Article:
Android developer, Just some random facts

It's time throw some light to some of Android common usage classes, under the hood have you wondered, why does fragment have a getLayoutInflater method?, Well it turns out that is actually not very interesting to see the usage in the Fragment class more that it is in the DialogFragment.

Did you know that……?

Fragments have a method getLayoutInflater(Bundle savedInstanceState), this is a regular public method but the savedInstanceState is never use in the fragment class, in fact what this only does retrieve the layout inflater from the activity associated. So why is it there? Well is actually public in the documentation since it's a hack use by the DialogFragment before creating it's view. 

/*** @hide Hack so that DialogFragment can make its Dialog before creating
* its views, and the view construction can use the dialog's context for
* inflation.  Maybe this should become a public API. Note sure.
*/

public LayoutInflater getLayoutInflater(Bundle savedInstanceState) {

    return mActivity.getLayoutInflater();

}

Now we see that there is nothing interesting in the method above except the comment pointing that the real deal is in DialogFragment class:



 /** @hide */
    @Override
    public LayoutInflater getLayoutInflater(Bundle savedInstanceState) {
        if (!mShowsDialog) {
            return super.getLayoutInflater(savedInstanceState);
        }

        mDialog = onCreateDialog(savedInstanceState);
        switch (mStyle) {
            case STYLE_NO_INPUT:
                mDialog.getWindow().addFlags(
                        WindowManager.LayoutParams.FLAG_NOT_FOCUSABLE |
                        WindowManager.LayoutParams.FLAG_NOT_TOUCHABLE);
                // fall through...
            case STYLE_NO_FRAME:
            case STYLE_NO_TITLE:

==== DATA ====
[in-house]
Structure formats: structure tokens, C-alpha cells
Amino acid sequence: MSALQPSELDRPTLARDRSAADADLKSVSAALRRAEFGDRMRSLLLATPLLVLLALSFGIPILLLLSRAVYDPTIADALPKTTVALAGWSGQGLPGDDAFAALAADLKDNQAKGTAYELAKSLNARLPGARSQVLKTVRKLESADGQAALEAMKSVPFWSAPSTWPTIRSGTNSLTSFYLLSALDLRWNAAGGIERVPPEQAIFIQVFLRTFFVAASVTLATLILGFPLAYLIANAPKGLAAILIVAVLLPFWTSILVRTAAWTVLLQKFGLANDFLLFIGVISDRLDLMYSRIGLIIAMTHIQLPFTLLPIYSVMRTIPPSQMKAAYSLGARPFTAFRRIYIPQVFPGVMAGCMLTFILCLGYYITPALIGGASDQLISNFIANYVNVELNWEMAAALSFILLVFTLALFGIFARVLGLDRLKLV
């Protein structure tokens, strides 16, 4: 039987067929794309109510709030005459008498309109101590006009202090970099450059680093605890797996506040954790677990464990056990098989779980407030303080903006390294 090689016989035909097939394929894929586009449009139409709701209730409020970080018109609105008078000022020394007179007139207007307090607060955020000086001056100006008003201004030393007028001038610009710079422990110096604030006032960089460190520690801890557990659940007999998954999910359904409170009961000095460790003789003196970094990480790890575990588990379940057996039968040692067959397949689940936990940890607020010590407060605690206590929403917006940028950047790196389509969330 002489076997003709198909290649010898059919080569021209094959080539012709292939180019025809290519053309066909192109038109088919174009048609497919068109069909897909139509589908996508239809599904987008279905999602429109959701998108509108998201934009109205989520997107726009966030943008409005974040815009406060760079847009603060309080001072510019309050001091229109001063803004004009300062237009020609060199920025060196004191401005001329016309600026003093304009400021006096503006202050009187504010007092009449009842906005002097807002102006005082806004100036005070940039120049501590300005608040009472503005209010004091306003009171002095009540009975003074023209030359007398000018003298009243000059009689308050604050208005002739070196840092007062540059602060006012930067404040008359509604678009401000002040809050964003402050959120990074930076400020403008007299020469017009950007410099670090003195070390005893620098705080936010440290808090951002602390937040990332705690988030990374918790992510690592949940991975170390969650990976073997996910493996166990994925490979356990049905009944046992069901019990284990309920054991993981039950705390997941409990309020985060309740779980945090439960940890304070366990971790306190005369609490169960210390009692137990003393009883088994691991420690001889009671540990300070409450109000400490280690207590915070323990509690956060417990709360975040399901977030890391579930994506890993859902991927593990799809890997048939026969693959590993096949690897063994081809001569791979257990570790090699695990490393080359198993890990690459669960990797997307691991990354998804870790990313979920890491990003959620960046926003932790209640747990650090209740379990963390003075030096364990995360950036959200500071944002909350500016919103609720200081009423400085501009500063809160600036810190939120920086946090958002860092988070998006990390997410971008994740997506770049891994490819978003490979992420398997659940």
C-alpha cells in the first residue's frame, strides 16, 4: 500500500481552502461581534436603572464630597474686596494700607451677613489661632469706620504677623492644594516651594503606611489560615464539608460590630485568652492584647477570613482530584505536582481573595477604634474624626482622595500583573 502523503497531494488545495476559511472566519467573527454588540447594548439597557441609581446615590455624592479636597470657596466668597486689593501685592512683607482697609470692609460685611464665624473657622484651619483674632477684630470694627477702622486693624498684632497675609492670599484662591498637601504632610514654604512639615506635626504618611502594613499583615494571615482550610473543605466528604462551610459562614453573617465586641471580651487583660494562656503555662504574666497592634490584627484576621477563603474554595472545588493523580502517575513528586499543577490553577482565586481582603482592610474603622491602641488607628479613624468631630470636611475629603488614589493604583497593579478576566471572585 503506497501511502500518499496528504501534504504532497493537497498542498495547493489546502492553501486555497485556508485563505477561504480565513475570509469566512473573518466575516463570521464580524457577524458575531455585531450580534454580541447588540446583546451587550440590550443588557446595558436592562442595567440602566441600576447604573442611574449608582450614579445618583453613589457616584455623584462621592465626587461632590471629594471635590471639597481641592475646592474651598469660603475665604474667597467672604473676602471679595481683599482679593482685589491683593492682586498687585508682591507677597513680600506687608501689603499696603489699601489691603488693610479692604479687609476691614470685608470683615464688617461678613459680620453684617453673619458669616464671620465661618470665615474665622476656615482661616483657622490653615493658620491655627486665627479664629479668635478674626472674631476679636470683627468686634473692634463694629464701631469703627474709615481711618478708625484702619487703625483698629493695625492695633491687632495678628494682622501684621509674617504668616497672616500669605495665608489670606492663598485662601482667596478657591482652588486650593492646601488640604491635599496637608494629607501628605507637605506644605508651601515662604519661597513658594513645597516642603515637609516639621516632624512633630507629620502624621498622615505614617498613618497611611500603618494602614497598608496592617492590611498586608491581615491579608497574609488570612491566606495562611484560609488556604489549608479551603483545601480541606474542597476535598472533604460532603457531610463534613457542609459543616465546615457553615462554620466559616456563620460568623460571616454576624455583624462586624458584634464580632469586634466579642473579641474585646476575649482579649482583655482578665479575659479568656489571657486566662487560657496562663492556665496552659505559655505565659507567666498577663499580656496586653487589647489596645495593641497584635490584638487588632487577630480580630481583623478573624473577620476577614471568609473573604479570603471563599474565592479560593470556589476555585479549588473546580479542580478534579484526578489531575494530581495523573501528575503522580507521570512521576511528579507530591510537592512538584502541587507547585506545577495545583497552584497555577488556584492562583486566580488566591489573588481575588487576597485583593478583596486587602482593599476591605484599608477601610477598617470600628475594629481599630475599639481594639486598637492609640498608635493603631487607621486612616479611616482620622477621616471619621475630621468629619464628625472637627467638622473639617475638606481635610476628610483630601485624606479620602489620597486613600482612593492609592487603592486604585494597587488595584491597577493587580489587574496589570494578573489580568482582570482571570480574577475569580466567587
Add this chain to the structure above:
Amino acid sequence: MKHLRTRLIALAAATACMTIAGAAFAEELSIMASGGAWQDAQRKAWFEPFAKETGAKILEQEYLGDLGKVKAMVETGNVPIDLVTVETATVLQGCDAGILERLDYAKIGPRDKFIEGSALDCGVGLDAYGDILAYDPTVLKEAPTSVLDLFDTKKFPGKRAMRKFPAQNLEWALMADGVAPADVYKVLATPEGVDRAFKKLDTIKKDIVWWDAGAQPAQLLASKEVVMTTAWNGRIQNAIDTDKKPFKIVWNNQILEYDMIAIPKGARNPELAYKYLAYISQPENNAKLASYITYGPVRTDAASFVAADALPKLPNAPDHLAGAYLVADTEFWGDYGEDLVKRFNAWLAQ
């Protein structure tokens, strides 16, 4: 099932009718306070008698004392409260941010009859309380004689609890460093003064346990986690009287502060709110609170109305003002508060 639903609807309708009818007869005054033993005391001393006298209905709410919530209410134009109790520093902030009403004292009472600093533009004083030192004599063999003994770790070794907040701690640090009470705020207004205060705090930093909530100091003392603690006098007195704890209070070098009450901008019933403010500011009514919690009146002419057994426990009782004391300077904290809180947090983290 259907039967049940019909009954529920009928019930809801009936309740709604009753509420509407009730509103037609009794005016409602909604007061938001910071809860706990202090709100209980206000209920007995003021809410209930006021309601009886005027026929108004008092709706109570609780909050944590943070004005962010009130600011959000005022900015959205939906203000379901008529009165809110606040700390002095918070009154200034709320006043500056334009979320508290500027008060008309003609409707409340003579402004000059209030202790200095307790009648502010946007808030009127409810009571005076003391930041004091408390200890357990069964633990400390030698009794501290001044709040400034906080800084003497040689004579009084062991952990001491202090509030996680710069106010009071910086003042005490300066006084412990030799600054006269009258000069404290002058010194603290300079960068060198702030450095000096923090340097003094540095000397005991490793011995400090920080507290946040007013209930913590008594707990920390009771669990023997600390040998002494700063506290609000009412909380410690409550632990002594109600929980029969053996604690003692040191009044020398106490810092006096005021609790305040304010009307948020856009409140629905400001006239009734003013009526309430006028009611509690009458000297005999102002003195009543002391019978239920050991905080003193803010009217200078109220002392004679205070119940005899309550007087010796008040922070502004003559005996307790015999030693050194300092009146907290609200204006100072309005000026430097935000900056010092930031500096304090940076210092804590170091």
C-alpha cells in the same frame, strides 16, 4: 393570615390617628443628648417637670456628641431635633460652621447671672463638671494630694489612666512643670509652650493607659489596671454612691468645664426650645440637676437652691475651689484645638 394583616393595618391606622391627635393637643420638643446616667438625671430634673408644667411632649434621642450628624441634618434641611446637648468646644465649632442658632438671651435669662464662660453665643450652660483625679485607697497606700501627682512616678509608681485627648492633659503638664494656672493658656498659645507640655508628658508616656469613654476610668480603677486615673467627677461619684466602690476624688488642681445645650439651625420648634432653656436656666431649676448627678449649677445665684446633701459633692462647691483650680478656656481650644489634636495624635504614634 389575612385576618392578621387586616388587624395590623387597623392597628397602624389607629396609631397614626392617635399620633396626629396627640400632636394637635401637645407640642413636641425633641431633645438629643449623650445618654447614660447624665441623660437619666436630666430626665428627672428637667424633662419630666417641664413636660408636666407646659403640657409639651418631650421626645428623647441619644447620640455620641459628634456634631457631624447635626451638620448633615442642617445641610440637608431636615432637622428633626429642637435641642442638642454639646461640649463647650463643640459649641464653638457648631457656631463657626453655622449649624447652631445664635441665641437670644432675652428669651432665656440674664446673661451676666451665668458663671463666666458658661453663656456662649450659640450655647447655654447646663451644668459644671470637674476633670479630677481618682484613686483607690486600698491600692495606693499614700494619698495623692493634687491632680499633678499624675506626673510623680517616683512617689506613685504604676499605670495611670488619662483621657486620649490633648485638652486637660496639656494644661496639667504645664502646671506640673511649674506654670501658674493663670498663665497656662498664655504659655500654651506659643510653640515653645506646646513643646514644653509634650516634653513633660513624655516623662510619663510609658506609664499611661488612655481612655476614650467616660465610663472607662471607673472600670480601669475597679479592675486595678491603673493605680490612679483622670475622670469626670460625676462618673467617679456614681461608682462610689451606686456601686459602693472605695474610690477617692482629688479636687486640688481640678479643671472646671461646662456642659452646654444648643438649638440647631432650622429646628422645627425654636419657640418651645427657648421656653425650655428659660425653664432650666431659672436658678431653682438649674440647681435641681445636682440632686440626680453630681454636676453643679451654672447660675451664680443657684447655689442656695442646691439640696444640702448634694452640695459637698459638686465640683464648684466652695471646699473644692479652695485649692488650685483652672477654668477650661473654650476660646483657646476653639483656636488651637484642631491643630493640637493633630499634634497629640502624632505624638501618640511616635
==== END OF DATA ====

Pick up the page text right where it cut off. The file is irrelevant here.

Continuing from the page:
mDialog.requestWindowFeature(Window.FEATURE_NO_TITLE);
        }
        if (mDialog != null) {
            return (LayoutInflater)mDialog.getContext().getSystemService(
                    Context.LAYOUT_INFLATER_SERVICE);
        }
        return (LayoutInflater)mActivity.getSystemService(
                Context.LAYOUT_INFLATER_SERVICE);
    }

See how the context for the layout inflater get into action to play an important role for calling the infate system service.

Real scenario problem?

Well no too long ago we release the 0.6 version of Pozool but before ready we dicover a small bug when trying to dismiss a DialogFragment. Like this:

case R.id.button_cancel:
			intent = new Intent(B.action.cancel_pay);
			if (getActivity() != null)
				getActivity().sendBroadcast(intent);
			
			if (getDialog() != null) {
				dismiss();
			}
			
			break;

The problem was not the fact of dismissing, instead it only ocurre when a particular action was invoked. This action added view to display details like this:


LinearLayout detailTotalView = createDetailView(getString(R.string.total), textTotal.getText().toString(), totalDetailView);
totalDetailView.addView(detailSubtotalView);

And the createDetailView it was something like this



private LinearLayout createDetailView(String textName, String detail, ViewGroup root) {
		LinearLayout detailView = (LinearLayout) getLayoutInflater(null).inflate(R.layout.detail_total, root, false);
		((TextView) detailView.findViewById(R.id.textName)).setText(textName);
		((TextView) detailView.findViewById(R.id.textPrice)).setText(detail);

		return detailView;
	}

The problem has it's root in the fact that when the getLayoutInflater is called, the onCreateDialog method is called, returning another instance of mDialog. This was not good news for us it meant that the dialog was never going to be dismiss because the reference has changed. The solution is to use instead of getLayoutInflater(), call the activity and use


private LinearLayout createDetailView(String textName, String detail, ViewGroup root) {
		LinearLayout detailView = (LinearLayout) getActivity().getLayoutInflater().inflate(R.layout.detail_total, root, false);
		((TextView) detailView.findViewById(R.id.textName)).setText(textName);
		((TextView) detailView.findViewById(R.id.textPrice)).setText(detail);

		return detailView;
	}

See piece of cake, we can now release!.

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